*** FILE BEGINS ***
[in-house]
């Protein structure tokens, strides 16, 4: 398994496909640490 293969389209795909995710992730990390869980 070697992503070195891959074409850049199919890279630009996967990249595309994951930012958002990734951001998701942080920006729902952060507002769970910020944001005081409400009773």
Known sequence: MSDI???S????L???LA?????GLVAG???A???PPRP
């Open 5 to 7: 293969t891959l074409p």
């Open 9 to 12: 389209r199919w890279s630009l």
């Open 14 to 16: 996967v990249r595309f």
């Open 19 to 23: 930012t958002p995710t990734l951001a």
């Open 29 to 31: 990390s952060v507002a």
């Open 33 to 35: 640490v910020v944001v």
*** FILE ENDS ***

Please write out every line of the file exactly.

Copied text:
[in-house]
């Protein structure tokens, strides 16, 4: 398994496909640490 293969389209795909995710992730990390869980 070697992503070195891959074409850049199919890279630009996967990249595309994951930012958002990734951001998701942080920006729902952060507002769970910020944001005081409400009773």
Known sequence: MSDI???S????L???LA?????GLVAG???A???PPRP
């Open 5 to 7: 293969t891959l074409p």
């Open 9 to 12: 389209r199919w890279s630009l």
């Open 14 to 16: 996967v990249r595309f």
């Open 19 to 23: 930012t958002p995710t990734l951001a």
């Open 29 to 31: 990390s952060v507002a």
């Open 33 to 35: 640490v910020v944001v």